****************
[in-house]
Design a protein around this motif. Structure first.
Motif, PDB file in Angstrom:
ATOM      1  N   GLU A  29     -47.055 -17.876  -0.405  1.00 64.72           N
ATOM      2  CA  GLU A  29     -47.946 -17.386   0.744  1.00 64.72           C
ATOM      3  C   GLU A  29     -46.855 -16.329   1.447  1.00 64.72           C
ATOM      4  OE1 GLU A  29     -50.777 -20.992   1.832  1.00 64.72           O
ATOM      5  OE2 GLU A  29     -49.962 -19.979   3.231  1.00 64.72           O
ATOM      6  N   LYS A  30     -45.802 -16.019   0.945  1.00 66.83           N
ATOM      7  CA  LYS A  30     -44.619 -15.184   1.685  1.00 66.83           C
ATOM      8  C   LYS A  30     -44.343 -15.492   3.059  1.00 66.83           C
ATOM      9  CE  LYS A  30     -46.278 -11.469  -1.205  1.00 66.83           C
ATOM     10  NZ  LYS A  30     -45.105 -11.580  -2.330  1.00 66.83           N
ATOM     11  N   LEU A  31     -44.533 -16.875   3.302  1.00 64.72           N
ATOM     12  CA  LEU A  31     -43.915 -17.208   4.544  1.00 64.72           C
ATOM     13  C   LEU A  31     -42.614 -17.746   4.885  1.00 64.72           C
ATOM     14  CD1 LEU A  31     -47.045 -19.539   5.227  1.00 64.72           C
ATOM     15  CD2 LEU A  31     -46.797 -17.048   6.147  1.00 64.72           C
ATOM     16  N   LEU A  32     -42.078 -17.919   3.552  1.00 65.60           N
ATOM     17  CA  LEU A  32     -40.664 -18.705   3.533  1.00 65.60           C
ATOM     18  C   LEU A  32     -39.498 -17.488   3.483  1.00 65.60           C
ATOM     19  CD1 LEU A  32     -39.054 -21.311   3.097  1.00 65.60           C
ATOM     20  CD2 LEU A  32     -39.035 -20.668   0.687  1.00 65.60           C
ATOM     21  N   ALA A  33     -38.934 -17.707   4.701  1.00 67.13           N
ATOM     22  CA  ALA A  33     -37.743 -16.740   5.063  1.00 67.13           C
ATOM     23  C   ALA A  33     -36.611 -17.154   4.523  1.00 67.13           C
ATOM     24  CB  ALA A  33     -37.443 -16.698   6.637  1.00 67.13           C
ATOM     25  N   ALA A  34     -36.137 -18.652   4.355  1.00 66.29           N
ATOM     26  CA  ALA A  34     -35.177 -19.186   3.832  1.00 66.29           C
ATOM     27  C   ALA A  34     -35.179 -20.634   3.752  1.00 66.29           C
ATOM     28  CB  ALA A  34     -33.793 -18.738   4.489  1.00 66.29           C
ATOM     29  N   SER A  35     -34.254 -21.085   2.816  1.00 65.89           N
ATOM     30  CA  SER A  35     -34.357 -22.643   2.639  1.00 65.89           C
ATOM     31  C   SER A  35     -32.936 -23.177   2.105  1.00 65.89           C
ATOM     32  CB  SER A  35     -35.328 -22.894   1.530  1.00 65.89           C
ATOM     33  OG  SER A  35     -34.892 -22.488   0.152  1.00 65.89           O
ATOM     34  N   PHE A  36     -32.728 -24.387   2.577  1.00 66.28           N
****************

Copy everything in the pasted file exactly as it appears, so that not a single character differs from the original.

[in-house]
Design a protein around this motif. Structure first.
Motif, PDB file in Angstrom:
ATOM      1  N   GLU A  29     -47.055 -17.876  -0.405  1.00 64.72           N
ATOM      2  CA  GLU A  29     -47.946 -17.386   0.744  1.00 64.72           C
ATOM      3  C   GLU A  29     -46.855 -16.329   1.447  1.00 64.72           C
ATOM      4  OE1 GLU A  29     -50.777 -20.992   1.832  1.00 64.72           O
ATOM      5  OE2 GLU A  29     -49.962 -19.979   3.231  1.00 64.72           O
ATOM      6  N   LYS A  30     -45.802 -16.019   0.945  1.00 66.83           N
ATOM      7  CA  LYS A  30     -44.619 -15.184   1.685  1.00 66.83           C
ATOM      8  C   LYS A  30     -44.343 -15.492   3.059  1.00 66.83           C
ATOM      9  CE  LYS A  30     -46.278 -11.469  -1.205  1.00 66.83           C
ATOM     10  NZ  LYS A  30     -45.105 -11.580  -2.330  1.00 66.83           N
ATOM     11  N   LEU A  31     -44.533 -16.875   3.302  1.00 64.72           N
ATOM     12  CA  LEU A  31     -43.915 -17.208   4.544  1.00 64.72           C
ATOM     13  C   LEU A  31     -42.614 -17.746   4.885  1.00 64.72           C
ATOM     14  CD1 LEU A  31     -47.045 -19.539   5.227  1.00 64.72           C
ATOM     15  CD2 LEU A  31     -46.797 -17.048   6.147  1.00 64.72           C
ATOM     16  N   LEU A  32     -42.078 -17.919   3.552  1.00 65.60           N
ATOM     17  CA  LEU A  32     -40.664 -18.705   3.533  1.00 65.60           C
ATOM     18  C   LEU A  32     -39.498 -17.488   3.483  1.00 65.60           C
ATOM     19  CD1 LEU A  32     -39.054 -21.311   3.097  1.00 65.60           C
ATOM     20  CD2 LEU A  32     -39.035 -20.668   0.687  1.00 65.60           C
ATOM     21  N   ALA A  33     -38.934 -17.707   4.701  1.00 67.13           N
ATOM     22  CA  ALA A  33     -37.743 -16.740   5.063  1.00 67.13           C
ATOM     23  C   ALA A  33     -36.611 -17.154   4.523  1.00 67.13           C
ATOM     24  CB  ALA A  33     -37.443 -16.698   6.637  1.00 67.13           C
ATOM     25  N   ALA A  34     -36.137 -18.652   4.355  1.00 66.29           N
ATOM     26  CA  ALA A  34     -35.177 -19.186   3.832  1.00 66.29           C
ATOM     27  C   ALA A  34     -35.179 -20.634   3.752  1.00 66.29           C
ATOM     28  CB  ALA A  34     -33.793 -18.738   4.489  1.00 66.29           C
ATOM     29  N   SER A  35     -34.254 -21.085   2.816  1.00 65.89           N
ATOM     30  CA  SER A  35     -34.357 -22.643   2.639  1.00 65.89           C
ATOM     31  C   SER A  35     -32.936 -23.177   2.105  1.00 65.89           C
ATOM     32  CB  SER A  35     -35.328 -22.894   1.530  1.00 65.89           C
ATOM     33  OG  SER A  35     -34.892 -22.488   0.152  1.00 65.89           O
ATOM     34  N   PHE A  36     -32.728 -24.387   2.577  1.00 66.28           N